This was the burden of my column. I was not impressed with the arguments of Stanley Druckenmiller and Kevin Warsh nor was I impressed with the arguments of John Mauldin. My friend Gulzar Natarajan had urged me to read his ‘Thoughts from the Frontline’. I read the last four of them last evening. You can read two of them – pertaining to the discussion of Fed monetary policy – here and here.

Nor did Gavyn Davies impress me with his arguments. So what if the Federal Reserve were triggering an economic recession? Recessions must be welcomed after excesses have built up in so many areas – from corporate debt to leveraged loans to market concentration in tech firms

‘Wrath of the financial markets’ that Viral Acharya (RBI Deputy Governor) invoked in a speech in October is felt more by central bankers than governments and that too not in public interest but in self-interest of the financial community.

Dean Baker has a list of ‘facts’ or resolutions to improve debates on economic policy in 2019. Item no. 6 is about finance. His list is about the ‘facts’ that are often obscured in economic policy debates:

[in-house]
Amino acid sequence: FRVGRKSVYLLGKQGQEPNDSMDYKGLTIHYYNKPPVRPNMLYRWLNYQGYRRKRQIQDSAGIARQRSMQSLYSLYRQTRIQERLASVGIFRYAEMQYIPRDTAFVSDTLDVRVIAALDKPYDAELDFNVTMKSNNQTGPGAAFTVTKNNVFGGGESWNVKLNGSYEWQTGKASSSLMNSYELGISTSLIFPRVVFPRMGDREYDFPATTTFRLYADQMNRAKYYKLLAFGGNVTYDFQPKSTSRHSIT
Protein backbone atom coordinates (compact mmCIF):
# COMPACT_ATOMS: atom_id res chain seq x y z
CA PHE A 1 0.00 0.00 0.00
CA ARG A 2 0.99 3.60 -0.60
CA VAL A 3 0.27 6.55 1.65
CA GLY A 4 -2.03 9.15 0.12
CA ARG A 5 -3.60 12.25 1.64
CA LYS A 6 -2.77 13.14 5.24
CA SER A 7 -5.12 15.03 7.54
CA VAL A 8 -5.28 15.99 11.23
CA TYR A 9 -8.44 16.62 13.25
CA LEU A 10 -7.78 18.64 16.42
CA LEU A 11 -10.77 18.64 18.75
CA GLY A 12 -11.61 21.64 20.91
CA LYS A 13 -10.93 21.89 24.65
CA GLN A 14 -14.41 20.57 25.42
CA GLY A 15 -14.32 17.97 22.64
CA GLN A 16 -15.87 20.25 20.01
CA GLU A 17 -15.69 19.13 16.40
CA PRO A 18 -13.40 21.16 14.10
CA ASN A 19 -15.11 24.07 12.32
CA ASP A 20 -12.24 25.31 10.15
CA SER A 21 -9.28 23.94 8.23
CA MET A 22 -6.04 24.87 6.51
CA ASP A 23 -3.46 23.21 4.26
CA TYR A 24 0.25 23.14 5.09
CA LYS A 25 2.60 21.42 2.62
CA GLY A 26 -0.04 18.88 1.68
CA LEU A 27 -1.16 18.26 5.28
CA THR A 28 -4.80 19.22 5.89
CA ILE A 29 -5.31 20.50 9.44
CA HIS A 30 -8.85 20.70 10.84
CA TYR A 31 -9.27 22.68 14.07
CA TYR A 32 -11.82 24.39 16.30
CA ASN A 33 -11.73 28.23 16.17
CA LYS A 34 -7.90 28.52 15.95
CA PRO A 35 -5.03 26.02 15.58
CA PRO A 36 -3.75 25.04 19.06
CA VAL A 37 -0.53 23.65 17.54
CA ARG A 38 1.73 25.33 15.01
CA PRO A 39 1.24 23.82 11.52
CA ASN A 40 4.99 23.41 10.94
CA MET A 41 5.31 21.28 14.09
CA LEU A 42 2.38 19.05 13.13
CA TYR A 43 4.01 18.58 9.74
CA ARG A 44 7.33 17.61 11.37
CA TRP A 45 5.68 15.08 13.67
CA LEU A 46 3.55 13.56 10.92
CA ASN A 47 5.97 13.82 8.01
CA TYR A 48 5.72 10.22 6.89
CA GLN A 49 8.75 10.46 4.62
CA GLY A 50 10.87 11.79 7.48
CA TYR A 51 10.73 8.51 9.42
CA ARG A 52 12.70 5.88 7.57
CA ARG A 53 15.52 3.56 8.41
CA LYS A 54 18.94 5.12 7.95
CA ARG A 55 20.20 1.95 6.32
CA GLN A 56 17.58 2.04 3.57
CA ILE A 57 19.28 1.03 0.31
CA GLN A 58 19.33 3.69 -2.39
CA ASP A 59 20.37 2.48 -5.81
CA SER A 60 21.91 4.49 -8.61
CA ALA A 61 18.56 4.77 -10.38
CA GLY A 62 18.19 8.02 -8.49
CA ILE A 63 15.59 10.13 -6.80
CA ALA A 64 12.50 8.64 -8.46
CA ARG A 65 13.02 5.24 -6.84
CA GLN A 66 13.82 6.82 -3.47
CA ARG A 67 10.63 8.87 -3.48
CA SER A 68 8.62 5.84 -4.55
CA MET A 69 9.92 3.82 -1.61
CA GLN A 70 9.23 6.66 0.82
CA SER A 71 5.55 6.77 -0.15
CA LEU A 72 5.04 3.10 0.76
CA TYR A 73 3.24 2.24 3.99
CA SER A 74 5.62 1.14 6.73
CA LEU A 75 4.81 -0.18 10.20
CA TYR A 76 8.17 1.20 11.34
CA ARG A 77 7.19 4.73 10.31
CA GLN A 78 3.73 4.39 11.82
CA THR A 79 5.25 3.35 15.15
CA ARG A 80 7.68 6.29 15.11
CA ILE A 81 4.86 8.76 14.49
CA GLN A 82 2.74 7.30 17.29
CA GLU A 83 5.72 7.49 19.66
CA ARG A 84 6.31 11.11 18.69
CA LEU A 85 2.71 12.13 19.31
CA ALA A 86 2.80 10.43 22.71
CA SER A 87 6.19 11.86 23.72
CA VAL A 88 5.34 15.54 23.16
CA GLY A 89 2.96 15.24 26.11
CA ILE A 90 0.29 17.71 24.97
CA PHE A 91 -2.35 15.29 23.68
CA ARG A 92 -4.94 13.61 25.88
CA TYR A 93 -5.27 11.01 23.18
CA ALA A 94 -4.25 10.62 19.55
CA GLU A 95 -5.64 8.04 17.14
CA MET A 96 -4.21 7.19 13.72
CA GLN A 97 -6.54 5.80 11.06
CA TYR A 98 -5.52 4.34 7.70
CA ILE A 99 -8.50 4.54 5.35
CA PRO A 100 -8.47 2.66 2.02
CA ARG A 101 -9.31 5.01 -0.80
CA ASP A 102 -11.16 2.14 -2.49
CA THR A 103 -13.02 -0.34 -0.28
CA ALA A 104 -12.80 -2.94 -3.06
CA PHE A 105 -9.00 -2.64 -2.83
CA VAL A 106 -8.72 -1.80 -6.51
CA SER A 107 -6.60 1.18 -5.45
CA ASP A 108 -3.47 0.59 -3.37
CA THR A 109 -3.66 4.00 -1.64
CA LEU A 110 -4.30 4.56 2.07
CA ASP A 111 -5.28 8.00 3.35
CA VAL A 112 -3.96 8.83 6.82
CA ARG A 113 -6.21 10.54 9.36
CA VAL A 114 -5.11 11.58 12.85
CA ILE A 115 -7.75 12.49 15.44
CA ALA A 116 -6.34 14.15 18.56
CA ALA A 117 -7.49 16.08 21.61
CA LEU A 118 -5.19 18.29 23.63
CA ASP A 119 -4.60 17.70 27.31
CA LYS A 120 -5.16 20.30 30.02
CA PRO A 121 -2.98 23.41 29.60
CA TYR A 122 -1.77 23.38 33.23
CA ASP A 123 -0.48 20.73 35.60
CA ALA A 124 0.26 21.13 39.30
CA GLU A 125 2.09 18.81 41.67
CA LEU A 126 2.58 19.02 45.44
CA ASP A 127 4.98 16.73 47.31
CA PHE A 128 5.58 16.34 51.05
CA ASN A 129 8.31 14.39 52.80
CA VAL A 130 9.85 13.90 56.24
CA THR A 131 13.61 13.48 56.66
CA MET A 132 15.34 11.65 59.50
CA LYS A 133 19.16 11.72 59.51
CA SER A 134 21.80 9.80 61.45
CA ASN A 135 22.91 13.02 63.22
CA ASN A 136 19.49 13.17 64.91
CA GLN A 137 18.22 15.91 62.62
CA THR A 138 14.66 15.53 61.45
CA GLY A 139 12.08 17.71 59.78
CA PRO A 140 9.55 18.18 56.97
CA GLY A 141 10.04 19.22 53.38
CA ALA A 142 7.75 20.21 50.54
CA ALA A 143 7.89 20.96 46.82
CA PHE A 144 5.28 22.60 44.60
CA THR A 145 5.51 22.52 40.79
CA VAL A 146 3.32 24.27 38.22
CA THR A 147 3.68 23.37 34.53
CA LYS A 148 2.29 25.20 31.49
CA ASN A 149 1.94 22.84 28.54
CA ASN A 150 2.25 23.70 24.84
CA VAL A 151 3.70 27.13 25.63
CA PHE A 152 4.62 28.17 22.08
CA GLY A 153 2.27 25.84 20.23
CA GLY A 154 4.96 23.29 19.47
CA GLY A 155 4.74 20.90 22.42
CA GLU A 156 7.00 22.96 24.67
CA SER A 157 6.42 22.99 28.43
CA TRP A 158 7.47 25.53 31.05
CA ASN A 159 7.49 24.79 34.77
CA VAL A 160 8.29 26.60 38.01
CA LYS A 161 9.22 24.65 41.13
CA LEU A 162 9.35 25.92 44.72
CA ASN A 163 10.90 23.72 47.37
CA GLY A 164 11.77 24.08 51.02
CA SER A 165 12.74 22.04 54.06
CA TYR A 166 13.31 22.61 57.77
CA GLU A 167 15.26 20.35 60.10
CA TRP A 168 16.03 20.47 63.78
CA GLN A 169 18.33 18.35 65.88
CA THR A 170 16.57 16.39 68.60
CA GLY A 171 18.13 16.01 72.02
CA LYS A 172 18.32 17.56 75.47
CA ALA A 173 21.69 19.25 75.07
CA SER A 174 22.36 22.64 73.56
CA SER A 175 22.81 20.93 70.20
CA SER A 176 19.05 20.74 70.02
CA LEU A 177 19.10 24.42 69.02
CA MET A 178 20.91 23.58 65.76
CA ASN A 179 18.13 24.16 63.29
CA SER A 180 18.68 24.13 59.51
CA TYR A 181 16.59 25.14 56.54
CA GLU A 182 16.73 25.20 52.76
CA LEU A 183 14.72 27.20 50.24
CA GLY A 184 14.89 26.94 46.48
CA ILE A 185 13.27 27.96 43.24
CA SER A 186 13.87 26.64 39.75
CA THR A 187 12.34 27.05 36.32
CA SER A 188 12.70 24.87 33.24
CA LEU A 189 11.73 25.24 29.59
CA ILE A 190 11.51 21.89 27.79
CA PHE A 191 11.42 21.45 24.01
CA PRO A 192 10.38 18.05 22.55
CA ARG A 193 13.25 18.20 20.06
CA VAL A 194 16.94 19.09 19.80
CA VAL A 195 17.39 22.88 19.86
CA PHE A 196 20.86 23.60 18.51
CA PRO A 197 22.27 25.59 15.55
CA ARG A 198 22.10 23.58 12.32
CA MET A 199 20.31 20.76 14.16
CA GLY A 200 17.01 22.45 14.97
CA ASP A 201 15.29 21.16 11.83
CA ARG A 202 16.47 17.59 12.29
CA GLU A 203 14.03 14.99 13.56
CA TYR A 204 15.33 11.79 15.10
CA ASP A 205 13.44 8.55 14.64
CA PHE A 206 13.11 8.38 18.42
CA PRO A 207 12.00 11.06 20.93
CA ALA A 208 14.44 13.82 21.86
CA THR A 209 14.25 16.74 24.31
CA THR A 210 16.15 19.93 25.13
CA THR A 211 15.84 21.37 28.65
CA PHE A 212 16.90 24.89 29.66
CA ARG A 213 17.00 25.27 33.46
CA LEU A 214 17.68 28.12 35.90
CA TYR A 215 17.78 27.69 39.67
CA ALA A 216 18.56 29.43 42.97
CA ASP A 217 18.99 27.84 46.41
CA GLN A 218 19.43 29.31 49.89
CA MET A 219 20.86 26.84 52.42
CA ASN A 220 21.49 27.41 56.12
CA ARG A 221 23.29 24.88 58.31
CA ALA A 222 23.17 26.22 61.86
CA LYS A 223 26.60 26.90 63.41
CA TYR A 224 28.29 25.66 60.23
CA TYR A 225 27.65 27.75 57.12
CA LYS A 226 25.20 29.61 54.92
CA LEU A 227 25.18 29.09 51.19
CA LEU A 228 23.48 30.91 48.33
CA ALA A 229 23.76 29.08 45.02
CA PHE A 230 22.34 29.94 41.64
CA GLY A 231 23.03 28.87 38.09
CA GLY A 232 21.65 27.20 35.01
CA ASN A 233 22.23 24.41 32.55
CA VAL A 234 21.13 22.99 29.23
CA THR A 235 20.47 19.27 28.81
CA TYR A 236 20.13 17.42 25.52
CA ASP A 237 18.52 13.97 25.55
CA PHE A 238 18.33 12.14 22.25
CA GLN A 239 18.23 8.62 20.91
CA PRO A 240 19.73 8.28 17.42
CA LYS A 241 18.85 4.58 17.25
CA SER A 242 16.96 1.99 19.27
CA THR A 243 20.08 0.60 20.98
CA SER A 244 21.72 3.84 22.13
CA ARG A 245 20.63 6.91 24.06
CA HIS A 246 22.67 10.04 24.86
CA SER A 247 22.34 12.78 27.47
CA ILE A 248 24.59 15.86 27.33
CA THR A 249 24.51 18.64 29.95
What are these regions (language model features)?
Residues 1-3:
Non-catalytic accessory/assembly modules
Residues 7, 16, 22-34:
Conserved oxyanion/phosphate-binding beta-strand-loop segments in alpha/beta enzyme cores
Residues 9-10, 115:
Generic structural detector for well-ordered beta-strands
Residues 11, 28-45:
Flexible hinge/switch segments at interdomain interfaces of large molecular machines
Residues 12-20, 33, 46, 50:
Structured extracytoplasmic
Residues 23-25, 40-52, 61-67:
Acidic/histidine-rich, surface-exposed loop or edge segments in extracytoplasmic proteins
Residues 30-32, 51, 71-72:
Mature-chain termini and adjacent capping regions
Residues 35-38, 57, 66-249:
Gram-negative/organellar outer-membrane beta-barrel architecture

6) A large financial sector is a drain on the economy
The financial sector plays an important role in a modern economy. It allocates capital from savers to those who wish to borrow. A poorly functioning financial sector is a drag on growth. The same is true of a bloated financial sector.

The financial industry is an intermediate sector, like trucking. This means that it does not directly provide benefits to households, like a housing, health care, or education. For this reason, we should want a financial sector that is as small as possible for carrying through its function, just as we would want the trucking sector to be as small as possible to deliver the goods in a timely manner.

Over the last four decades the narrow financial sector (securities and commodity trading and investment banking) has more than quadrupled as a share of the economy. It would be difficult to argue that capital is being better allocated or that savings are more secure today than 40 years ago.